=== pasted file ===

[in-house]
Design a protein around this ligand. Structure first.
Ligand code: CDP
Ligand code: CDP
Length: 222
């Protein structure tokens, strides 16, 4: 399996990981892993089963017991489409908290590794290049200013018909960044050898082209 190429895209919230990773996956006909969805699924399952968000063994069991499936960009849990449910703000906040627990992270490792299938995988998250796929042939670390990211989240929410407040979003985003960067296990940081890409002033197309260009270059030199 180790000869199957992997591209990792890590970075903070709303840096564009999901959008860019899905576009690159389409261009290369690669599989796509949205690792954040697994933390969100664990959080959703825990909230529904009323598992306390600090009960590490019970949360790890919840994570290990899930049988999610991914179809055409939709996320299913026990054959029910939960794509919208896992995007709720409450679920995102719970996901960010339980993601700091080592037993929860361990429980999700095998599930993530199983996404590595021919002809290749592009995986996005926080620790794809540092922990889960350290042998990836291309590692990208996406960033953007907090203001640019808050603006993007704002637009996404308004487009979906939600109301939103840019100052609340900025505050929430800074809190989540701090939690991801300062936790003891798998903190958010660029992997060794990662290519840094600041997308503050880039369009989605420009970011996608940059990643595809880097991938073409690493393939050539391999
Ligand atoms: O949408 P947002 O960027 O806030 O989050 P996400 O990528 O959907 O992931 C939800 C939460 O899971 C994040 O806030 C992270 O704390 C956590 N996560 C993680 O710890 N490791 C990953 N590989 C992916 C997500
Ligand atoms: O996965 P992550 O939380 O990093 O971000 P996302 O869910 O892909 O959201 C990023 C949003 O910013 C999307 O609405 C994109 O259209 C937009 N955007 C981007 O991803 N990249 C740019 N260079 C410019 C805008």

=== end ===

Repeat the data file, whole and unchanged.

[in-house]
Design a protein around this ligand. Structure first.
Ligand code: CDP
Ligand code: CDP
Length: 222
């Protein structure tokens, strides 16, 4: 399996990981892993089963017991489409908290590794290049200013018909960044050898082209 190429895209919230990773996956006909969805699924399952968000063994069991499936960009849990449910703000906040627990992270490792299938995988998250796929042939670390990211989240929410407040979003985003960067296990940081890409002033197309260009270059030199 180790000869199957992997591209990792890590970075903070709303840096564009999901959008860019899905576009690159389409261009290369690669599989796509949205690792954040697994933390969100664990959080959703825990909230529904009323598992306390600090009960590490019970949360790890919840994570290990899930049988999610991914179809055409939709996320299913026990054959029910939960794509919208896992995007709720409450679920995102719970996901960010339980993601700091080592037993929860361990429980999700095998599930993530199983996404590595021919002809290749592009995986996005926080620790794809540092922990889960350290042998990836291309590692990208996406960033953007907090203001640019808050603006993007704002637009996404308004487009979906939600109301939103840019100052609340900025505050929430800074809190989540701090939690991801300062936790003891798998903190958010660029992997060794990662290519840094600041997308503050880039369009989605420009970011996608940059990643595809880097991938073409690493393939050539391999
Ligand atoms: O949408 P947002 O960027 O806030 O989050 P996400 O990528 O959907 O992931 C939800 C939460 O899971 C994040 O806030 C992270 O704390 C956590 N996560 C993680 O710890 N490791 C990953 N590989 C992916 C997500
Ligand atoms: O996965 P992550 O939380 O990093 O971000 P996302 O869910 O892909 O959201 C990023 C949003 O910013 C999307 O609405 C994109 O259209 C937009 N955007 C981007 O991803 N990249 C740019 N260079 C410019 C805008």